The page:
We also separate each example with two newlines ("\n\n") which can be used a stop sequence later. We recommend using few-shot prompts like this or fine-tuning to get optimal performance on any task.
There are three basic principles when working with large language models:
1. Tell the model what you want it to do. Make it clear what you want through clear instructions and expected behavior.
2. Show the model what you want it to do. Follow clear instructions with a few examples of ideal task performance. This will allow the model to better mimic the expected performance on your task.
3. Check the parameters. Parameters play a key role in model performance. Parameters are different settings that can be tweaked to control model behavior. We'll discuss each parameter you can use next.
Make sure to never end your prompt with a trailing whitespace (" "). It can have unintended effects on model performance.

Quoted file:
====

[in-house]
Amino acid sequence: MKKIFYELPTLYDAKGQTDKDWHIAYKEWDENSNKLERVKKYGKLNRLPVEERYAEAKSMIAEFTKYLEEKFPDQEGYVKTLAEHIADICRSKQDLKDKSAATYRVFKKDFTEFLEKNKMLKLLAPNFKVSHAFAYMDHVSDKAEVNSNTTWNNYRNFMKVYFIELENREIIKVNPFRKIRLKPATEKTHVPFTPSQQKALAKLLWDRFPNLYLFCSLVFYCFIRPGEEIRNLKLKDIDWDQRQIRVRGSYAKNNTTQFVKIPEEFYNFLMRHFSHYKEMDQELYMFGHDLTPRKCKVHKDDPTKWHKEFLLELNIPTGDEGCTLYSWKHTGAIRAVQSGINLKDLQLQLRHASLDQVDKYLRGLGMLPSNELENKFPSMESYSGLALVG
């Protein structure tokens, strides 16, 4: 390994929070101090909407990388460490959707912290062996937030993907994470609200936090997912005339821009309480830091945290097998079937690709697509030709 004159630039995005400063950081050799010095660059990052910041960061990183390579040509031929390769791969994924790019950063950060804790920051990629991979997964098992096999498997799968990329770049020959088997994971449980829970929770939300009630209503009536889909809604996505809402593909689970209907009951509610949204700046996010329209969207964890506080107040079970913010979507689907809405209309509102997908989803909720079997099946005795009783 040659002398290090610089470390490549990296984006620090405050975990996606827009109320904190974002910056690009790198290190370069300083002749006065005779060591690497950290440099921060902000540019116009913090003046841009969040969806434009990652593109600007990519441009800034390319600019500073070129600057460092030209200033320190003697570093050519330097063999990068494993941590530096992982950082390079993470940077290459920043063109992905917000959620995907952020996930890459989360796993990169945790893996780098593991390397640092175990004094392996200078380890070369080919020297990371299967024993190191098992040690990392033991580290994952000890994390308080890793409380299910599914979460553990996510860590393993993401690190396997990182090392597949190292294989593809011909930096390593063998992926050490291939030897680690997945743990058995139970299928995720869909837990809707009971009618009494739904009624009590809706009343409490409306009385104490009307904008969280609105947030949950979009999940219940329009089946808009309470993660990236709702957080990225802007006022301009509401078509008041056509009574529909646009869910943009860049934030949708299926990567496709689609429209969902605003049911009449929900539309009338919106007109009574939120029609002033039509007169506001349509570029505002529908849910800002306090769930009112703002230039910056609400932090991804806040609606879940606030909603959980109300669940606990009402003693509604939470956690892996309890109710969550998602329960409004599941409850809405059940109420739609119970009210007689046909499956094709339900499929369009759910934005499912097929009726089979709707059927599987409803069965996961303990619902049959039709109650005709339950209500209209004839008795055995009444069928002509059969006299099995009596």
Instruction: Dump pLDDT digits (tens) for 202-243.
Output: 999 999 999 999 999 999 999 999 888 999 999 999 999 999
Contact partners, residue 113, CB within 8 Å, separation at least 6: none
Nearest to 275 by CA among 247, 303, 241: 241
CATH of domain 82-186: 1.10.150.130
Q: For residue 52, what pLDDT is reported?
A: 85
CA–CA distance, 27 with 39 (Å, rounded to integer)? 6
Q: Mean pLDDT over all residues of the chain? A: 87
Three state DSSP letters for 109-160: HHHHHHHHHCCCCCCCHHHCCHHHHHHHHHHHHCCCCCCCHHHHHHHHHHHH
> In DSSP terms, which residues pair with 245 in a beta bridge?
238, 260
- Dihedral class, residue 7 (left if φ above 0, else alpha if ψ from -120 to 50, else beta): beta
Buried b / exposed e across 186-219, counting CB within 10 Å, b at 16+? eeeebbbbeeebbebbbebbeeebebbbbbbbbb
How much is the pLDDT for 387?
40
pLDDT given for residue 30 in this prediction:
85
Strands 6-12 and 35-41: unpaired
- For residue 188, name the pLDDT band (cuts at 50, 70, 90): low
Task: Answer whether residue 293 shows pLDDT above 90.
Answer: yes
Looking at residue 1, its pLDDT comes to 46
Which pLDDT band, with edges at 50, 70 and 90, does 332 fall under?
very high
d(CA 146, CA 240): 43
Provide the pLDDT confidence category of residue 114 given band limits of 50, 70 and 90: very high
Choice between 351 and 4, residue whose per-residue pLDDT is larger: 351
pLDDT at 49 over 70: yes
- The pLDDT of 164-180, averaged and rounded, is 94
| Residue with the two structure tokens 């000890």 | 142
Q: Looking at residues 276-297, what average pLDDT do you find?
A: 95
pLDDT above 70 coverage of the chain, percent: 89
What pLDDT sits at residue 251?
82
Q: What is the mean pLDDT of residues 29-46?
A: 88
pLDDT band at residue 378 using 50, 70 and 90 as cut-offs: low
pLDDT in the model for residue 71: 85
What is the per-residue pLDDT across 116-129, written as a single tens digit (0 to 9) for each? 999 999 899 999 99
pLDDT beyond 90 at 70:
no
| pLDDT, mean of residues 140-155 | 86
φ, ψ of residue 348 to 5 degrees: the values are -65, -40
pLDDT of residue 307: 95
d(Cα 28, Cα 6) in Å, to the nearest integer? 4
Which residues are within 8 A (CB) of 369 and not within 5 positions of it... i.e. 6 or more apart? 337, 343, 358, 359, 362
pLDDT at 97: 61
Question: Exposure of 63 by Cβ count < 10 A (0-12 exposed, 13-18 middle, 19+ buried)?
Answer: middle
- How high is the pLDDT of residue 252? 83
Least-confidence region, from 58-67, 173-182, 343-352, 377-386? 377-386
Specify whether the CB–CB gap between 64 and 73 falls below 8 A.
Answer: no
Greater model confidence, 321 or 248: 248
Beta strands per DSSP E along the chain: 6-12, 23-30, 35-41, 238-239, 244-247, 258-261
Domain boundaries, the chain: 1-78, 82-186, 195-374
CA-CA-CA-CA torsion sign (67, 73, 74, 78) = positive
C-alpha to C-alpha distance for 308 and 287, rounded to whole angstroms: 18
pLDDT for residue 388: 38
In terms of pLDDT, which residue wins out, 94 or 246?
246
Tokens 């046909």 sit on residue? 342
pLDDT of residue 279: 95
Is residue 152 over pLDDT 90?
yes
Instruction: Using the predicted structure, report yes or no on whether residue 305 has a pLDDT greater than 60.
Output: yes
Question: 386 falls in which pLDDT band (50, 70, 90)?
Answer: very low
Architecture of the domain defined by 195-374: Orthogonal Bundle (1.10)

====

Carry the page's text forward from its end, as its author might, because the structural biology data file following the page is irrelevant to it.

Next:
Parameters

Parameters are different settings that control the way your model provides completions. Becoming familiar with the following parameters will allow you to apply these models to virtually any natural language task.
The prompt to generate a completion for, as a string.
When using base models, we recommend you include instructions and a few examples of the task in your prompt.
When using fine-tuned models, we recommend you format the prompt the same way as in the dataset.
Defaults to 64. Accepts an integer between 0 and 2,048.
The maximum number of tokens that will be generated in a completion.
We recommend setting length to be slightly greater than the longest generation you expect to receive. The number of tokens in your prompt + length cannot exceed 2048 tokens for most models.
Defaults to 0.5. Accepts a number between 0 and 1. We recommend altering this or top_p but not both.
The sampling temperature to use. A value of 0 makes the model deterministic, always outputting the same completion given the same prompt. A higher temperature will make lower probability tokens more likely to be generated, resulting in more random or creative outputs.
We recommend using lower temperature values for tasks like classification, entity extraction, or question answering, and use higher temperature values for tasks like content or idea generation.